As I said, the animation has been largely cleaned up from original airing and while still a ton of static shots exist, they’re now few and far between as opposed to all over the place. For the most part, characters fully react to the horror unfolding above them

Additionally, the detailing, particularly on the weaponry, has been improved and it’s now easier to understand how complex the maneuvering gear actually is. Furthermore, the camerawork on the show seems to have improved with the addition of material.

This is most evident in episode 4, where the opening forest training sequence and the scaling of Wall Rose at the end involve a great deal of integrated CGI. This paid off poorly in the original, but it works here. It’s obvious the additional time spent cleaning up this show is to its benefit and it looks especially sharp in HD.

The Verdict

While not all the show’s problems are fixed — the terminally slow pacing, the static characters, etc. — enough of them, the scripting, the dynamic cast and the improved animation, are repaired enough. Watching this show on a weekly basis, it’s easy to enjoy the slick surface and ignore the problems underneath.

If you’re looking for a decent shonen anime to kill time this summer, and maybe show to friends, you couldn’t do worse than Attack on Titan. At the very least, it looks like Titan will be a mainstay in the Toonami lineup for quite some time.

4 out of 5 stars

4 out of 5 stars

Cover image source: Stuff Point


About the author:

Tom writes obsessively about Bleach, Star Trek and all other kinds of TV shows and pop culture 2-3 times a week at Tomtificate ( Follow him on Twitter @tomtificate.


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Categories: Anime Reviews

Author:Tom Speelman

A lifetime of reading comics and watching television has left Tom with an inexhaustible supply of pop culture knowledge from the obvious to the obscure. Rather than keep it all in his brain for use at parties, Tom turned to writing a few years ago to help him share that knowledge with as many people as are remotely interested. Tom writes for several websites including The Mary Sue, Strange Horizons, Loser City and others. For even further rambling, follow him on Twitter @tomtificate.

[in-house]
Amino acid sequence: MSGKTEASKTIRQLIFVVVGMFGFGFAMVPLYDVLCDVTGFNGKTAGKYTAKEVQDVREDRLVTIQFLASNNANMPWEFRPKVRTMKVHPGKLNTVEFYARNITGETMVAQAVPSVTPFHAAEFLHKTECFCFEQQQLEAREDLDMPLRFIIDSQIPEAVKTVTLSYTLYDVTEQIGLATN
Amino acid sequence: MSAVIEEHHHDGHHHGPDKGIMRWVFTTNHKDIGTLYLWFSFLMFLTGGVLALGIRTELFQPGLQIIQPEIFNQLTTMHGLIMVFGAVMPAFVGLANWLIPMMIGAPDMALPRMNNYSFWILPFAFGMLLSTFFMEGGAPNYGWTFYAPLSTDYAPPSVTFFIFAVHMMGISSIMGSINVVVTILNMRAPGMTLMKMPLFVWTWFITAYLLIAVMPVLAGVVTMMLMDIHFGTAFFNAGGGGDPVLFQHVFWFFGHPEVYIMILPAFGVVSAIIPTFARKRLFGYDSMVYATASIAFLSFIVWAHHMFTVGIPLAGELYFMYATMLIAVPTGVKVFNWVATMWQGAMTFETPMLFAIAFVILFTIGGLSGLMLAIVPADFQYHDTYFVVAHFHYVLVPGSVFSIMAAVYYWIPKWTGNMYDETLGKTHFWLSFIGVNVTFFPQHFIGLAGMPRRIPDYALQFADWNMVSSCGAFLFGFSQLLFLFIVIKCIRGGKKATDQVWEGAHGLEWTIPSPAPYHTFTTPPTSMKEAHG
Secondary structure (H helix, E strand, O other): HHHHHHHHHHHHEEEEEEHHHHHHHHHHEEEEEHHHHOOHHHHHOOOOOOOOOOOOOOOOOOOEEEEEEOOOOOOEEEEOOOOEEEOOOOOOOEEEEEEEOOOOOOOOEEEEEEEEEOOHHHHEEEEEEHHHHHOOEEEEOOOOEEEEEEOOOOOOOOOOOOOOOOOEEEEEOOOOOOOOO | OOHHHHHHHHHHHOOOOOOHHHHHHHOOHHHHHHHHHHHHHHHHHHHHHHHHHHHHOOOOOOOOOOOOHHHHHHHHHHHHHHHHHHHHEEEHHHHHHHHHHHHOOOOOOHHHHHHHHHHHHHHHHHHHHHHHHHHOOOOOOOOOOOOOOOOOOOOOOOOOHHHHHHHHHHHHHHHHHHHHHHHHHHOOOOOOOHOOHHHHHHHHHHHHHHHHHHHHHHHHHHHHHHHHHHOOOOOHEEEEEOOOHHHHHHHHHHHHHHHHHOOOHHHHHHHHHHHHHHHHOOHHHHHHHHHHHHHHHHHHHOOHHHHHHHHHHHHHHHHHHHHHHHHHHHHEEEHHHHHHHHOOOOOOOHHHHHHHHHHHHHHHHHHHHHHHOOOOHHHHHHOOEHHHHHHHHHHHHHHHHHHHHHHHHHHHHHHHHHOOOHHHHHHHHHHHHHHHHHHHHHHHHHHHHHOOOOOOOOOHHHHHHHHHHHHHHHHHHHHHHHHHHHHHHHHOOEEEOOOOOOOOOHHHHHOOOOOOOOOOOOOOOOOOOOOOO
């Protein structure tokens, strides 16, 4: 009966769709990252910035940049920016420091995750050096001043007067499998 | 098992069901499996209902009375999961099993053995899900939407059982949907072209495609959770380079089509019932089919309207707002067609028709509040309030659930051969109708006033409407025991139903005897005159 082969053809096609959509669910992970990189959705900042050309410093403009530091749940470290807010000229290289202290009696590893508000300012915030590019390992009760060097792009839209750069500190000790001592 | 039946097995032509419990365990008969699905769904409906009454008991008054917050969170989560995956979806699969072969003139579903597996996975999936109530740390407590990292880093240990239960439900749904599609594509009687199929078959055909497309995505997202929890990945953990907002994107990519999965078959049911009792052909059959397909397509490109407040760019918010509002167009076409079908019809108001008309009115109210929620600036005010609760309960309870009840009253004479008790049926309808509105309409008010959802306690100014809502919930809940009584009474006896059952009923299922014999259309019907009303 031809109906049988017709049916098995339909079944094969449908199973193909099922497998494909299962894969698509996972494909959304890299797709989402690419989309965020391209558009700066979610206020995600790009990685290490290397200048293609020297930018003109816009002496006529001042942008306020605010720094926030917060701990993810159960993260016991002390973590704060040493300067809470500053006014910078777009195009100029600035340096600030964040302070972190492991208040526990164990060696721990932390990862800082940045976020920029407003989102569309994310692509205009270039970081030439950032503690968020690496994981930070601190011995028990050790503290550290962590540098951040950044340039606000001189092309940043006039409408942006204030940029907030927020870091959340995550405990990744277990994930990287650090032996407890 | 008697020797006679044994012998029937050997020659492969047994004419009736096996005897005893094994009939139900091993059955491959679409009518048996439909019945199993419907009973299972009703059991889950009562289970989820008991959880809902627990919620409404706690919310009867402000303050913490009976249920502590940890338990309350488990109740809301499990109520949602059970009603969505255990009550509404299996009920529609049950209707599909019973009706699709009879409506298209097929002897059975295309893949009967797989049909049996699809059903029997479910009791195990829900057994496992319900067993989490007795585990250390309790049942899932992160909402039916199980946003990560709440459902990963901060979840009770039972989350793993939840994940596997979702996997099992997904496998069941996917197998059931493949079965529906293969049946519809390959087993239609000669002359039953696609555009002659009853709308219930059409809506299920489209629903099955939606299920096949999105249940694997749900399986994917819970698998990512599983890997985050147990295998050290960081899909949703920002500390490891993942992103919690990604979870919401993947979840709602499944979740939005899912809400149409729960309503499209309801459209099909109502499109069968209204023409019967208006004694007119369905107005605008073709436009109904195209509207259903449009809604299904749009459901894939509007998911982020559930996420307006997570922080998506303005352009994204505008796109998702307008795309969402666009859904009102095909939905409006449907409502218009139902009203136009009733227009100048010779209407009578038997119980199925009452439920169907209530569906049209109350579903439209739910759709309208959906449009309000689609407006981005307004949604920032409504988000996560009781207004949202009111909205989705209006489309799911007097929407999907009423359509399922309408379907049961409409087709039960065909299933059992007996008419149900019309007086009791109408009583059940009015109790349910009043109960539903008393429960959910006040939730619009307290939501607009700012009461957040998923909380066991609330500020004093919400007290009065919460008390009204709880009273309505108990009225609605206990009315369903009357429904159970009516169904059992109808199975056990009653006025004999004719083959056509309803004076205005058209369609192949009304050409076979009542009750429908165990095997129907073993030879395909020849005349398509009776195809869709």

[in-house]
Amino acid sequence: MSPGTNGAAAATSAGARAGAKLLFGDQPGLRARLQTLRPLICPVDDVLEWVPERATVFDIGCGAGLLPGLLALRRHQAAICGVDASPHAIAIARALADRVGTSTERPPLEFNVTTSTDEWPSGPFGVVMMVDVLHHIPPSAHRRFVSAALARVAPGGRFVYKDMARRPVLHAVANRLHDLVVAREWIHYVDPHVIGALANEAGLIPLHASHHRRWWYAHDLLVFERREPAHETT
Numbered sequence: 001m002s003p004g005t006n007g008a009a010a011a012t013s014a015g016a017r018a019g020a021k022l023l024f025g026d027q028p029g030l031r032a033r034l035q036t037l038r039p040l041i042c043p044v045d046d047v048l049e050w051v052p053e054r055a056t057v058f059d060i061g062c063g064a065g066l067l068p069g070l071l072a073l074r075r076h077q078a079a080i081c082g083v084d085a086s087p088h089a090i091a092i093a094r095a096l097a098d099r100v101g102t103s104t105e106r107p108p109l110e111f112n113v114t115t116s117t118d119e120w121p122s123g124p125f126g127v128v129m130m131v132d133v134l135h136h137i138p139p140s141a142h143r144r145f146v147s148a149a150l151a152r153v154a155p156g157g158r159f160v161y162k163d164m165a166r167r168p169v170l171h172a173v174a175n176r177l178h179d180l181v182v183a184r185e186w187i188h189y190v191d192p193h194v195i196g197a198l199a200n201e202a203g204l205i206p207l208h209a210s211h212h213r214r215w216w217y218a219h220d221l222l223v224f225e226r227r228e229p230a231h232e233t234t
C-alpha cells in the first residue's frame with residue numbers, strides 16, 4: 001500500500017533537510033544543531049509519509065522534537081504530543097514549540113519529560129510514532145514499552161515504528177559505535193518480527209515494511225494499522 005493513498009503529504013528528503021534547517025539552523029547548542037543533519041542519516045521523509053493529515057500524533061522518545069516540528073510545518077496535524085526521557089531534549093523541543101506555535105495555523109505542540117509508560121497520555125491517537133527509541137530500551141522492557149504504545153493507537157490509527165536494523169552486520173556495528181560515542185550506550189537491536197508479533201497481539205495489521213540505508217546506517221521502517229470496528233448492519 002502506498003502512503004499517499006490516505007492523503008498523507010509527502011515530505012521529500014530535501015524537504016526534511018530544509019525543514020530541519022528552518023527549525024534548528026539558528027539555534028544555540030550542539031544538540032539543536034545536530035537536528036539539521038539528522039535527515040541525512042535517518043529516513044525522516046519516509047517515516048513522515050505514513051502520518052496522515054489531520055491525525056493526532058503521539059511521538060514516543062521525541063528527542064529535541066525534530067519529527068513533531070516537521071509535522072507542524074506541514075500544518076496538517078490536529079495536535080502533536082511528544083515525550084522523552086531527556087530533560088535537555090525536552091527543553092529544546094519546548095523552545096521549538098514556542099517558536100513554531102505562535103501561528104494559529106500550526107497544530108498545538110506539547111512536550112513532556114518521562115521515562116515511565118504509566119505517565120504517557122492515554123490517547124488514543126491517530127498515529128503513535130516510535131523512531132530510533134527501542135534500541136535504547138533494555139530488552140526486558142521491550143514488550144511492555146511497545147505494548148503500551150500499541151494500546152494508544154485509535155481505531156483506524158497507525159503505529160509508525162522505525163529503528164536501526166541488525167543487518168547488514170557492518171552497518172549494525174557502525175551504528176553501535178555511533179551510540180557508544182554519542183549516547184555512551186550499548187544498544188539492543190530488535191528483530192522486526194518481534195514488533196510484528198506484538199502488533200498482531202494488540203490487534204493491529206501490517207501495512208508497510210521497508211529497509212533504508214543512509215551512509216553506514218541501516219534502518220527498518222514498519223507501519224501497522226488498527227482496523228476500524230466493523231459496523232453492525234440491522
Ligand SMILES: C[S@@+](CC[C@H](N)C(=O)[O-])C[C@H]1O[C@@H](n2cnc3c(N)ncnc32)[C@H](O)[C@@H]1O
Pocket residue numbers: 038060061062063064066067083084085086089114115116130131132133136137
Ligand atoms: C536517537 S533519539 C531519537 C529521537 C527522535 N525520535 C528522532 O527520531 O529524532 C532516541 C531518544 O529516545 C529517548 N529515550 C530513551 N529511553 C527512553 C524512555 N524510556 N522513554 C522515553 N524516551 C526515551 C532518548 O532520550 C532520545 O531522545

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7 Comments on “ATTACK ON TITAN Dub Review: Does the English Cast Stack up?”

  1. 06/11/2014 at 3:47 PM #

    Reblogged this on tomtificate and commented:
    And here’s another thing for Another Castle. I still don’t think Attack on Titan is worth the hype but the dub improves things.

  2. 06/11/2014 at 5:04 PM #

    What are your thoughts on the manga? Do you think the anime might improve if a second season was produced?

  3. 06/12/2014 at 9:54 AM #

    I totally agree about it being slowly paced! I seriously thought I was the only one to think so. Everyone raved about it and every time I watched an episode I forced myself through it hoping SOMETHING would get accomplished by the end of the episode. I trucked through it because the plot seemed super interesting. I have yet to see the english version that is released, but I’m definitely going to give it a second shot. Not needing subtitles already makes it a bit easier to watch.

  4. Fluffy
    02/07/2015 at 6:40 PM #

    I totally disagree with your opinion. The great thing about the Japanese dub of Attack on Titan is that Japanese voice actors really whether it’s in anime or video games. Haven’t you ever played or heard of the horror video game Corpse Party?! The voice acting in that game is so raw and perfect, it captures the moments in the game perfectly giving an almost terrifying feel, like it is really happening to the characters. It’s the same with the voice actors in AoT. Almost every anime lover would agree. The English voice actors in AoT totally do not capture the fear and direness on the situation, and Mikasa’s voice actor is absolutely terrible! She totally butchers the cool and almost emotion drained attitude of Mikasa, it made her sound like a normal scared little girl! Armin’s and Erin’s voice actors totally take away the original feeling of the characters too. The dialogue Americanized and took away the intense and terrifying feel of the whole story. I feel that the original is always the best and you don’t really love anime as much as true fans too of you believe the English dubs are better, just because it’s easier to understand.

  5. 02/19/2015 at 5:23 PM #

    Reblogged this on Rice Cakes.


  1. ATTACK ON TITAN Dub Review: Does the English Cast Live Up to Japanese? | Magic, Gaming, and all Things N.E.R.D. - 06/12/2014

    […] ATTACK ON TITAN Dub Review: Does the English Cast Live Up to Japanese? […]

  2. ShutoCon 2015: How to Adapt Anime into English | Another Castle - 03/27/2015

    […] Although a huge majority of anime is streamed to English-speaking audiences now–with websites like Crunchyroll simulcasting some shows subtitled mere hours after their broadcast in Japan–there’s still a huge market of fans who want to see anime dubbed into English. Licensers like Funimation, Sentai Filmworks and Viz Media have whole teams of writers and actors who help give anime a wider audience, and sometimes even improve on the original version. […]